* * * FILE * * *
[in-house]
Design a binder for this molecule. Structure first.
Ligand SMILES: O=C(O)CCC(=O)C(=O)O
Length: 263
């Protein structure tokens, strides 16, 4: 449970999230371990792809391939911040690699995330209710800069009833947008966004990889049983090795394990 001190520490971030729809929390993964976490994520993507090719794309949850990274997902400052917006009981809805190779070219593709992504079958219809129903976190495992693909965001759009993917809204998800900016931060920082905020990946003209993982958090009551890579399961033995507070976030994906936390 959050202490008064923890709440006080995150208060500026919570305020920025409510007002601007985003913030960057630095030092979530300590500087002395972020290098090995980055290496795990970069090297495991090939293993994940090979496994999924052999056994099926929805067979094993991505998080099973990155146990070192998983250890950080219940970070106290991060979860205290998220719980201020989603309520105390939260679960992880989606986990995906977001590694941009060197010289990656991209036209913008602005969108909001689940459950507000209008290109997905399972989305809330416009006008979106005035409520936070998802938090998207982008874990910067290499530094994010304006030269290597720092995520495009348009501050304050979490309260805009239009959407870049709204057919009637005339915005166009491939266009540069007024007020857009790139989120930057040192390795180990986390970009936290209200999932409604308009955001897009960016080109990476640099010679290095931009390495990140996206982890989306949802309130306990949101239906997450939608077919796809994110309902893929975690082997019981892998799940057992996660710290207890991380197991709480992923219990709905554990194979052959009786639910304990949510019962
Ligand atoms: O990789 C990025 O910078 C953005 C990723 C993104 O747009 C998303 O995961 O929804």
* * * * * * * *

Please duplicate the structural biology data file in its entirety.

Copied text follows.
[in-house]
Design a binder for this molecule. Structure first.
Ligand SMILES: O=C(O)CCC(=O)C(=O)O
Length: 263
């Protein structure tokens, strides 16, 4: 449970999230371990792809391939911040690699995330209710800069009833947008966004990889049983090795394990 001190520490971030729809929390993964976490994520993507090719794309949850990274997902400052917006009981809805190779070219593709992504079958219809129903976190495992693909965001759009993917809204998800900016931060920082905020990946003209993982958090009551890579399961033995507070976030994906936390 959050202490008064923890709440006080995150208060500026919570305020920025409510007002601007985003913030960057630095030092979530300590500087002395972020290098090995980055290496795990970069090297495991090939293993994940090979496994999924052999056994099926929805067979094993991505998080099973990155146990070192998983250890950080219940970070106290991060979860205290998220719980201020989603309520105390939260679960992880989606986990995906977001590694941009060197010289990656991209036209913008602005969108909001689940459950507000209008290109997905399972989305809330416009006008979106005035409520936070998802938090998207982008874990910067290499530094994010304006030269290597720092995520495009348009501050304050979490309260805009239009959407870049709204057919009637005339915005166009491939266009540069007024007020857009790139989120930057040192390795180990986390970009936290209200999932409604308009955001897009960016080109990476640099010679290095931009390495990140996206982890989306949802309130306990949101239906997450939608077919796809994110309902893929975690082997019981892998799940057992996660710290207890991380197991709480992923219990709905554990194979052959009786639910304990949510019962
Ligand atoms: O990789 C990025 O910078 C953005 C990723 C993104 O747009 C998303 O995961 O929804």